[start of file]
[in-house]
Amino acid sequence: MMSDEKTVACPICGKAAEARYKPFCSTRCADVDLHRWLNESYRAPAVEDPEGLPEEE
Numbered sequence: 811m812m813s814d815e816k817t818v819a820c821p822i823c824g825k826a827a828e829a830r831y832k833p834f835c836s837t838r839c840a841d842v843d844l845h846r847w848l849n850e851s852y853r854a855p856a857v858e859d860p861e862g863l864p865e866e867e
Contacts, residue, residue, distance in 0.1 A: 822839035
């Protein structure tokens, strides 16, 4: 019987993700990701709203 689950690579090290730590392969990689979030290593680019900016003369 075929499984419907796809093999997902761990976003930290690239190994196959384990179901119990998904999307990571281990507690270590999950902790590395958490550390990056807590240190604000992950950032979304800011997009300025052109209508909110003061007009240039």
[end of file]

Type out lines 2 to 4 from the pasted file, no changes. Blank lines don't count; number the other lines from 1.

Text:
Amino acid sequence: MMSDEKTVACPICGKAAEARYKPFCSTRCADVDLHRWLNESYRAPAVEDPEGLPEEE
Numbered sequence: 811m812m813s814d815e816k817t818v819a820c821p822i823c824g825k826a827a828e829a830r831y832k833p834f835c836s837t838r839c840a841d842v843d844l845h846r847w848l849n850e851s852y853r854a855p856a857v858e859d860p861e862g863l864p865e866e867e
Contacts, residue, residue, distance in 0.1 A: 822839035